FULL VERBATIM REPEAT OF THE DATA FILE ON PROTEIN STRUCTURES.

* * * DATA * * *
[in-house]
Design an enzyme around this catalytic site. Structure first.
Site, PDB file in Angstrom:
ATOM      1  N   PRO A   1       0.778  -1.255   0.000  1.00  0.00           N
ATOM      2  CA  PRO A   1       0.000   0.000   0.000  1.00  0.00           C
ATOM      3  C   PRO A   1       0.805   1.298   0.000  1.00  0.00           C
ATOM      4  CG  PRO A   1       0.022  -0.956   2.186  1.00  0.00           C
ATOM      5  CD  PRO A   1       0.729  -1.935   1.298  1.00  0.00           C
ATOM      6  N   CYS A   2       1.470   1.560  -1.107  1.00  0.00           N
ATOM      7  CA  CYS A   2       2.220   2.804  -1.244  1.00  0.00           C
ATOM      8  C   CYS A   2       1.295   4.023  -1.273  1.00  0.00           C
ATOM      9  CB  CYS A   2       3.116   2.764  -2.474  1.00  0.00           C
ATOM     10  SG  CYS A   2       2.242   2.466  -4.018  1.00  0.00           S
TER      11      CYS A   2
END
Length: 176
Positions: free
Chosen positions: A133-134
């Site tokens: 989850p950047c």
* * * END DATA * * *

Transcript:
[in-house]
Design an enzyme around this catalytic site. Structure first.
Site, PDB file in Angstrom:
ATOM      1  N   PRO A   1       0.778  -1.255   0.000  1.00  0.00           N
ATOM      2  CA  PRO A   1       0.000   0.000   0.000  1.00  0.00           C
ATOM      3  C   PRO A   1       0.805   1.298   0.000  1.00  0.00           C
ATOM      4  CG  PRO A   1       0.022  -0.956   2.186  1.00  0.00           C
ATOM      5  CD  PRO A   1       0.729  -1.935   1.298  1.00  0.00           C
ATOM      6  N   CYS A   2       1.470   1.560  -1.107  1.00  0.00           N
ATOM      7  CA  CYS A   2       2.220   2.804  -1.244  1.00  0.00           C
ATOM      8  C   CYS A   2       1.295   4.023  -1.273  1.00  0.00           C
ATOM      9  CB  CYS A   2       3.116   2.764  -2.474  1.00  0.00           C
ATOM     10  SG  CYS A   2       2.242   2.466  -4.018  1.00  0.00           S
TER      11      CYS A   2
END
Length: 176
Positions: free
Chosen positions: A133-134
């Site tokens: 989850p950047c």